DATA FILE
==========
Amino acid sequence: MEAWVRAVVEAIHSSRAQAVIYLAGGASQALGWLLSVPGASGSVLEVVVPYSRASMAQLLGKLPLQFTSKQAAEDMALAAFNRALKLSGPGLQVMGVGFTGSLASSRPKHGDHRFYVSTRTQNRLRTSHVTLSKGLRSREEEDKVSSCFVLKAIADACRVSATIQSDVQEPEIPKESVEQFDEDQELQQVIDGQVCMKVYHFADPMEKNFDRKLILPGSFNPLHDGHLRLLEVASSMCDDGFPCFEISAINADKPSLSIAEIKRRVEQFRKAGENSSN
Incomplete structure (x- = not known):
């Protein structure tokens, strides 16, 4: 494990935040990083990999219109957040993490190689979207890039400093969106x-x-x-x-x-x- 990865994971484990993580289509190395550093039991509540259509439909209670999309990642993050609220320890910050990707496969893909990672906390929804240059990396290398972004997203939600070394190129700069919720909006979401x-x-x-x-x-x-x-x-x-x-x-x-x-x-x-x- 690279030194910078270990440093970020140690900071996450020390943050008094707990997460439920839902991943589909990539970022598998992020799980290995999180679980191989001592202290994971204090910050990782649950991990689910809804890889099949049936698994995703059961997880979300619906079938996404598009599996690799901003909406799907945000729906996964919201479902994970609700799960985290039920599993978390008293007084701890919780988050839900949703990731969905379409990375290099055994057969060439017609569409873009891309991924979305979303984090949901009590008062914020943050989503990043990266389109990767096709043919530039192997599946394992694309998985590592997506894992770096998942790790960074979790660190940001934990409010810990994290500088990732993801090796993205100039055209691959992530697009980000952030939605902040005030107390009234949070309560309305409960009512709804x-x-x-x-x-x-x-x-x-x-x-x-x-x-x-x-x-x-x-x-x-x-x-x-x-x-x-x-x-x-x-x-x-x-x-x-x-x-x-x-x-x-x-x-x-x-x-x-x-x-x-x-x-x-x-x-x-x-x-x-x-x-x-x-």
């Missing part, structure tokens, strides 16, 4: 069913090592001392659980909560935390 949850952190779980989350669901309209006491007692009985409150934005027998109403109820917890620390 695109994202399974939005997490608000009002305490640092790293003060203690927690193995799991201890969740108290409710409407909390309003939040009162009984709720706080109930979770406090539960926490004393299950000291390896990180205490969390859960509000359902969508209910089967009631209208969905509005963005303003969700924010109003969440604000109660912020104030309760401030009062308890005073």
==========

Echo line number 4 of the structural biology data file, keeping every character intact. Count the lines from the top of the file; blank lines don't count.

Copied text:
């Missing part, structure tokens, strides 16, 4: 069913090592001392659980909560935390 949850952190779980989350669901309209006491007692009985409150934005027998109403109820917890620390 695109994202399974939005997490608000009002305490640092790293003060203690927690193995799991201890969740108290409710409407909390309003939040009162009984709720706080109930979770406090539960926490004393299950000291390896990180205490969390859960509000359902969508209910089967009631209208969905509005963005303003969700924010109003969440604000109660912020104030309760401030009062308890005073």